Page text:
AI versus BI -Machines can’t learn but Nerds hate Humans

Beer is an alcoholic beverage produced by the saccharification of starch and fermentation of the resulting sugar. The starch and saccharification enzymes are often derived from malted cereal grains, most commonly malted barley and malted wheat.

Organizations especially in technology consist of a mixture of business managers and technology managers. Bizops and Techops. Jocks and Geeks.

Business managers like to think of using strategic as a prefix to anything. Strategic thinking, strategic planning, strategic campaign , strategic project. Strategic is a word to make things look more important than they are. Anything that has the word strategic should have more than a 12 month gestation period.

I come across machine learning often. It is a cute term and it ranks in terms of abused terms often. Algorithm is another abused term. You say algorithm but what you mean is you need a function.

Basically machine learning means your machine can learn. That by itself is an oxymoron two words that are self-contradictory juxtaposed together. It should be program learning or code learning. Your code or program is trying to approximate learning by taking in outputs  in a previous step as inputs in a future step. Learning is presumed to you can learn only from past experience.

My Dell Laptop has not learned anything. My Dell Laptop is the machine. Sometimes I use functions from packages in languages. These functions are based on well-established algorithms like apriori, k means , and even math theorems like Bayes. I am not learning anything. My machine is not learning anything. the function converges to a solution based on math written by a human, coded by a human, implemented by a human and finally called by a human. Where did the machine in the machine learning come from?

It is derived from Artifical Intelligence. That is another oxymoron. If something is intelligent what is artificial about it. Isn’t a work created by a human as natural as a work created by Nature.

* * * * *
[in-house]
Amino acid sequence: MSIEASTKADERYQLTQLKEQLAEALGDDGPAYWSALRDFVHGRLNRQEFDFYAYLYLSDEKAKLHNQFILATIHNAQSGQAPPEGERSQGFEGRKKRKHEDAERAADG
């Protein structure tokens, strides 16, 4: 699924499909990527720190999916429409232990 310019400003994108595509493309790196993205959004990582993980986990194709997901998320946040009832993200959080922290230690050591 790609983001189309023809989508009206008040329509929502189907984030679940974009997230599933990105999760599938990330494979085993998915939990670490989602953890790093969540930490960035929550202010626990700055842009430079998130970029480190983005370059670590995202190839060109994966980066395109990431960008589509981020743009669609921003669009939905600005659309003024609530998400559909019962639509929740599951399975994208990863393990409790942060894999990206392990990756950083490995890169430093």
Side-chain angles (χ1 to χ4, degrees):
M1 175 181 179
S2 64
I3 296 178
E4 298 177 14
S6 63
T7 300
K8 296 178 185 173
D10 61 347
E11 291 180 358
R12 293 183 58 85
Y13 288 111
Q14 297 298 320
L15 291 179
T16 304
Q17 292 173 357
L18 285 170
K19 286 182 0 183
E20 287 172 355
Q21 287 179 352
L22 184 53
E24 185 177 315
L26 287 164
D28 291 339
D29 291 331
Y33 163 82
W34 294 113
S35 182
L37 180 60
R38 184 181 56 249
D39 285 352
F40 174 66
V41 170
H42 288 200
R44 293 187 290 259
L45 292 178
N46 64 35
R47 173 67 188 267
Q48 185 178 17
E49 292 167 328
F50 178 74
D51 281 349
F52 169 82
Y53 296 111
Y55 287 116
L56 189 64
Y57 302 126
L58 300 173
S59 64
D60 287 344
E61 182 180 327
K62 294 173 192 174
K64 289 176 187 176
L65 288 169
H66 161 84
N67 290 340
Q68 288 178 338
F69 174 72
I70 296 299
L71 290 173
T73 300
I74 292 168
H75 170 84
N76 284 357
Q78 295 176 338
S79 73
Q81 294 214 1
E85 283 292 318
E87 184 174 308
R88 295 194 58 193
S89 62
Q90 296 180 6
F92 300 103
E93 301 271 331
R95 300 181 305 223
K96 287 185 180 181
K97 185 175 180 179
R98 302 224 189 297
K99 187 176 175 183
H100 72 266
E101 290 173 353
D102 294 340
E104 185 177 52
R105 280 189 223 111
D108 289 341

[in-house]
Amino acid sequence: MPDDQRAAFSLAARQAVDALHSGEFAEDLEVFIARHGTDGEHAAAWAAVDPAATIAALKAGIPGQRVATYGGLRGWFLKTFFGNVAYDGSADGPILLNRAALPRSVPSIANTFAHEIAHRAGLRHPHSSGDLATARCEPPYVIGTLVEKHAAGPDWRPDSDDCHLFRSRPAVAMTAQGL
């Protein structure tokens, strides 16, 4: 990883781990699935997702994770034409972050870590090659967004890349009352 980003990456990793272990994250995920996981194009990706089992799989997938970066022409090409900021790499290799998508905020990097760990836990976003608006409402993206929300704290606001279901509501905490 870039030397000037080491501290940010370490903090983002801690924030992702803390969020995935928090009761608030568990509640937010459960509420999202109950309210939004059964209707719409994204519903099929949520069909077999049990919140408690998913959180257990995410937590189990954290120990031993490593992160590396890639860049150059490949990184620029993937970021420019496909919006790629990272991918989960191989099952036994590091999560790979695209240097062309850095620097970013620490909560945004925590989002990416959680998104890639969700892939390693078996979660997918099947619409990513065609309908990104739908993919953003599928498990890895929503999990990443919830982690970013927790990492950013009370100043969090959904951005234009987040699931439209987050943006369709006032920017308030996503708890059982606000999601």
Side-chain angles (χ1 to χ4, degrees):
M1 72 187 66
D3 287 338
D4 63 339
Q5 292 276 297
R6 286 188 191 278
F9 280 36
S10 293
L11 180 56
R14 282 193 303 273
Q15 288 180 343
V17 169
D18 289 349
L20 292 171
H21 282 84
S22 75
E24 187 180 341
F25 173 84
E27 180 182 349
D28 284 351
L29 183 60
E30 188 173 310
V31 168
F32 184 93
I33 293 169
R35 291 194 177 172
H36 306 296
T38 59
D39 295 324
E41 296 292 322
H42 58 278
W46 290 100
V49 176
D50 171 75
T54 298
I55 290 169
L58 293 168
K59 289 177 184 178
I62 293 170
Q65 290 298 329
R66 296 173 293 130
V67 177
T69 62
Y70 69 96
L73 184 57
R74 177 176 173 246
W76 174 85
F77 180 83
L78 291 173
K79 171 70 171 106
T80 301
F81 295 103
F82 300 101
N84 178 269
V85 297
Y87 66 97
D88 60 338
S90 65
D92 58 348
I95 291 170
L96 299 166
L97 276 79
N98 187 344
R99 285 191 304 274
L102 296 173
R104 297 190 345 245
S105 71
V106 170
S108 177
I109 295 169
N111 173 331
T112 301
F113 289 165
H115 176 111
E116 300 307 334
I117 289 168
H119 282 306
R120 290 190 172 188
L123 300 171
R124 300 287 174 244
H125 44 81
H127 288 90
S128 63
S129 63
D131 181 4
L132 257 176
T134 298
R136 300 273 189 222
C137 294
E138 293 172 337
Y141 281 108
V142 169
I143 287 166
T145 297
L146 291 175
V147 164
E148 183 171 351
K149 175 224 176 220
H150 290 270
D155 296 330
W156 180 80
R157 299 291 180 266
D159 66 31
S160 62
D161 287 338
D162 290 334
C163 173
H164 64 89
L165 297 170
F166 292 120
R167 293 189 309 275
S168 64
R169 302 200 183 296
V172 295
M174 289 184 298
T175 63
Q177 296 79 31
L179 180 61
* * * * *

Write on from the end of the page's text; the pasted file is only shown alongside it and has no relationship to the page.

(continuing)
Most nerds and geeks  I have met are not sorted emotionally. They can tell you half a dozen algorithms to sort data, but they don’t know when to shut up, when to listen, when to say yes and when to keep quite than just say no. These are humans that are full of knowledge but won’t learn about human behaviour as fast as they learn about algorithms. Geeks dont make good business managers. Atleast most geeks. I personally cant make out the difference between a geek and a nerd and who gets paid more and who has more fun.

But geeks are incredibly focused people doing tasks that are incredibly boring to normal humans. The reason they dont gel with other humans is because hey they didnt spend time with other humans – they retreated to the safety of the machines and computer screens a long time ago in their formative years, and it paid them enough to keep staying and spending more time with machines than humans

Humans are just as important as machines, maybe more. The geek writing the algorithm can learn more much more about psychology, philosophy and creative liberal arts that affect human behaviour.  That human behaviour generates the data that the algorithm runs on eventually. Cross training your geeks to get insights about humans and cross training your business managers on the difference between AI and BI, machine learning and statistical modeling, what is an algorithm and what is a package.

Artificial Intelligence AI versus  Business Intelligence BI is the new phenomenon. Tech teams brought up on dashboards and reports have to adopt to machine learning algorithms incorporated as decision-making assistance tools. More AI in your BI maybe.

Cliches and buzz words and hype jargon are pick up lines in business world. They can get you some action for sure but they cant get you into Heaven. Sort your geeks emotionally and your business managers algorithmically. Beer is a great way for lonely introverts to bond with flashy extroverts.Now that is just my personal beer algorithm. You may discover your own beer game for your organization.





Author: Ajay Ohri

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